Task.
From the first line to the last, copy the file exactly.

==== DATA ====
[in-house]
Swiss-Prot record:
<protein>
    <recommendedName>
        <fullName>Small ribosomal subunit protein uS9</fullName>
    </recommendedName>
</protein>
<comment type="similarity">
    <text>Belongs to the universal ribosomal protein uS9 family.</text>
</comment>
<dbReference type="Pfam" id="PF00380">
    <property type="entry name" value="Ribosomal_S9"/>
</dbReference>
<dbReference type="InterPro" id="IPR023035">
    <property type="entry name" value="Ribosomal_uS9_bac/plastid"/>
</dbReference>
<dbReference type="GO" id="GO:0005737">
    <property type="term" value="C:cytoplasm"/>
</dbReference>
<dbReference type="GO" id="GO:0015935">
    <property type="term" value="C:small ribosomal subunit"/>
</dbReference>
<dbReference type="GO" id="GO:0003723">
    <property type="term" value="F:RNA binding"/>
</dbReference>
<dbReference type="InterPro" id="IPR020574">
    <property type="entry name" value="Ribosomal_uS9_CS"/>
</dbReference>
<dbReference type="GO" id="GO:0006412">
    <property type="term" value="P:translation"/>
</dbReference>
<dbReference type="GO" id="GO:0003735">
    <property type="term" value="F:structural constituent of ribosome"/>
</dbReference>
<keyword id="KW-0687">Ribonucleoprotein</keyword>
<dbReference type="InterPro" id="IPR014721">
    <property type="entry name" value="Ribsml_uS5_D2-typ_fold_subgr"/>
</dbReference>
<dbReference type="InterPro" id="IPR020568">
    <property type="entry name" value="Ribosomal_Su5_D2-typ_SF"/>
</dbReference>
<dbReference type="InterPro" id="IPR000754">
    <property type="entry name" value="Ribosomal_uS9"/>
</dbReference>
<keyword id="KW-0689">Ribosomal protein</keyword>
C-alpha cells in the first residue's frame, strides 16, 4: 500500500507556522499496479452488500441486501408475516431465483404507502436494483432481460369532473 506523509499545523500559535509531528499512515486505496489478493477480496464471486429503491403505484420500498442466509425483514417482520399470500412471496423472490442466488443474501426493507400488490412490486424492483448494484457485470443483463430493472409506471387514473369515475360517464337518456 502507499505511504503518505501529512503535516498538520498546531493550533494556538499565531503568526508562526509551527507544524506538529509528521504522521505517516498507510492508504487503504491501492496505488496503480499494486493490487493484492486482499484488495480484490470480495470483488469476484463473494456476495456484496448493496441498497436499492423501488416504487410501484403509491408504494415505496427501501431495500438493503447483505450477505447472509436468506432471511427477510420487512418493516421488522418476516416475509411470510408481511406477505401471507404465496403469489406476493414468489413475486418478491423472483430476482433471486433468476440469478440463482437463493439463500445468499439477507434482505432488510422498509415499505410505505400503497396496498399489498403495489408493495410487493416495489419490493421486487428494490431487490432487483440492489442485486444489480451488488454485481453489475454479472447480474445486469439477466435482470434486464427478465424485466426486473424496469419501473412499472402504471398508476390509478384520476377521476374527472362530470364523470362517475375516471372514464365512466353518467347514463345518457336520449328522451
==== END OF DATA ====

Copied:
[in-house]
Swiss-Prot record:
<protein>
    <recommendedName>
        <fullName>Small ribosomal subunit protein uS9</fullName>
    </recommendedName>
</protein>
<comment type="similarity">
    <text>Belongs to the universal ribosomal protein uS9 family.</text>
</comment>
<dbReference type="Pfam" id="PF00380">
    <property type="entry name" value="Ribosomal_S9"/>
</dbReference>
<dbReference type="InterPro" id="IPR023035">
    <property type="entry name" value="Ribosomal_uS9_bac/plastid"/>
</dbReference>
<dbReference type="GO" id="GO:0005737">
    <property type="term" value="C:cytoplasm"/>
</dbReference>
<dbReference type="GO" id="GO:0015935">
    <property type="term" value="C:small ribosomal subunit"/>
</dbReference>
<dbReference type="GO" id="GO:0003723">
    <property type="term" value="F:RNA binding"/>
</dbReference>
<dbReference type="InterPro" id="IPR020574">
    <property type="entry name" value="Ribosomal_uS9_CS"/>
</dbReference>
<dbReference type="GO" id="GO:0006412">
    <property type="term" value="P:translation"/>
</dbReference>
<dbReference type="GO" id="GO:0003735">
    <property type="term" value="F:structural constituent of ribosome"/>
</dbReference>
<keyword id="KW-0687">Ribonucleoprotein</keyword>
<dbReference type="InterPro" id="IPR014721">
    <property type="entry name" value="Ribsml_uS5_D2-typ_fold_subgr"/>
</dbReference>
<dbReference type="InterPro" id="IPR020568">
    <property type="entry name" value="Ribosomal_Su5_D2-typ_SF"/>
</dbReference>
<dbReference type="InterPro" id="IPR000754">
    <property type="entry name" value="Ribosomal_uS9"/>
</dbReference>
<keyword id="KW-0689">Ribosomal protein</keyword>
C-alpha cells in the first residue's frame, strides 16, 4: 500500500507556522499496479452488500441486501408475516431465483404507502436494483432481460369532473 506523509499545523500559535509531528499512515486505496489478493477480496464471486429503491403505484420500498442466509425483514417482520399470500412471496423472490442466488443474501426493507400488490412490486424492483448494484457485470443483463430493472409506471387514473369515475360517464337518456 502507499505511504503518505501529512503535516498538520498546531493550533494556538499565531503568526508562526509551527507544524506538529509528521504522521505517516498507510492508504487503504491501492496505488496503480499494486493490487493484492486482499484488495480484490470480495470483488469476484463473494456476495456484496448493496441498497436499492423501488416504487410501484403509491408504494415505496427501501431495500438493503447483505450477505447472509436468506432471511427477510420487512418493516421488522418476516416475509411470510408481511406477505401471507404465496403469489406476493414468489413475486418478491423472483430476482433471486433468476440469478440463482437463493439463500445468499439477507434482505432488510422498509415499505410505505400503497396496498399489498403495489408493495410487493416495489419490493421486487428494490431487490432487483440492489442485486444489480451488488454485481453489475454479472447480474445486469439477466435482470434486464427478465424485466426486473424496469419501473412499472402504471398508476390509478384520476377521476374527472362530470364523470362517475375516471372514464365512466353518467347514463345518457336520449328522451